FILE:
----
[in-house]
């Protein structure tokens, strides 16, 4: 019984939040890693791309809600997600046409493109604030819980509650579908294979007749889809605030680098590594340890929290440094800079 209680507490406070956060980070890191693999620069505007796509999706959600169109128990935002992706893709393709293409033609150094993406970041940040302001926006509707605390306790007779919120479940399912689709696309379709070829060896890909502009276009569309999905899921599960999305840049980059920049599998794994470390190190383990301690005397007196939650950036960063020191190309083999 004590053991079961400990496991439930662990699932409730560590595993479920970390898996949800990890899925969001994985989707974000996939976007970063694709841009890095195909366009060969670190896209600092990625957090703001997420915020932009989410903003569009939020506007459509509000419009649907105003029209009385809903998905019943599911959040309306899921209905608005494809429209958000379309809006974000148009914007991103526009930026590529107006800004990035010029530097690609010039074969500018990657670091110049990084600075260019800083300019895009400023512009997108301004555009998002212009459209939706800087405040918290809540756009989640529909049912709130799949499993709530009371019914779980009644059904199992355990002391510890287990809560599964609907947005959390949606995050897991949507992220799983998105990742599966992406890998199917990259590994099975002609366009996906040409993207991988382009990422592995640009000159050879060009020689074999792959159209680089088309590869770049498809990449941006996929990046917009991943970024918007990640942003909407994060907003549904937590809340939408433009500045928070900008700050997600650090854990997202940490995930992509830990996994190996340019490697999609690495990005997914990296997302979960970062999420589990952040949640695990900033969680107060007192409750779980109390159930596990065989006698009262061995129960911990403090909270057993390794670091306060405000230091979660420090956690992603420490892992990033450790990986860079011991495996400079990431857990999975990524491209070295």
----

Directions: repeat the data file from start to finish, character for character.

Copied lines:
[in-house]
């Protein structure tokens, strides 16, 4: 019984939040890693791309809600997600046409493109604030819980509650579908294979007749889809605030680098590594340890929290440094800079 209680507490406070956060980070890191693999620069505007796509999706959600169109128990935002992706893709393709293409033609150094993406970041940040302001926006509707605390306790007779919120479940399912689709696309379709070829060896890909502009276009569309999905899921599960999305840049980059920049599998794994470390190190383990301690005397007196939650950036960063020191190309083999 004590053991079961400990496991439930662990699932409730560590595993479920970390898996949800990890899925969001994985989707974000996939976007970063694709841009890095195909366009060969670190896209600092990625957090703001997420915020932009989410903003569009939020506007459509509000419009649907105003029209009385809903998905019943599911959040309306899921209905608005494809429209958000379309809006974000148009914007991103526009930026590529107006800004990035010029530097690609010039074969500018990657670091110049990084600075260019800083300019895009400023512009997108301004555009998002212009459209939706800087405040918290809540756009989640529909049912709130799949499993709530009371019914779980009644059904199992355990002391510890287990809560599964609907947005959390949606995050897991949507992220799983998105990742599966992406890998199917990259590994099975002609366009996906040409993207991988382009990422592995640009000159050879060009020689074999792959159209680089088309590869770049498809990449941006996929990046917009991943970024918007990640942003909407994060907003549904937590809340939408433009500045928070900008700050997600650090854990997202940490995930992509830990996994190996340019490697999609690495990005997914990296997302979960970062999420589990952040949640695990900033969680107060007192409750779980109390159930596990065989006698009262061995129960911990403090909270057993390794670091306060405000230091979660420090956690992603420490892992990033450790990986860079011991495996400079990431857990999975990524491209070295």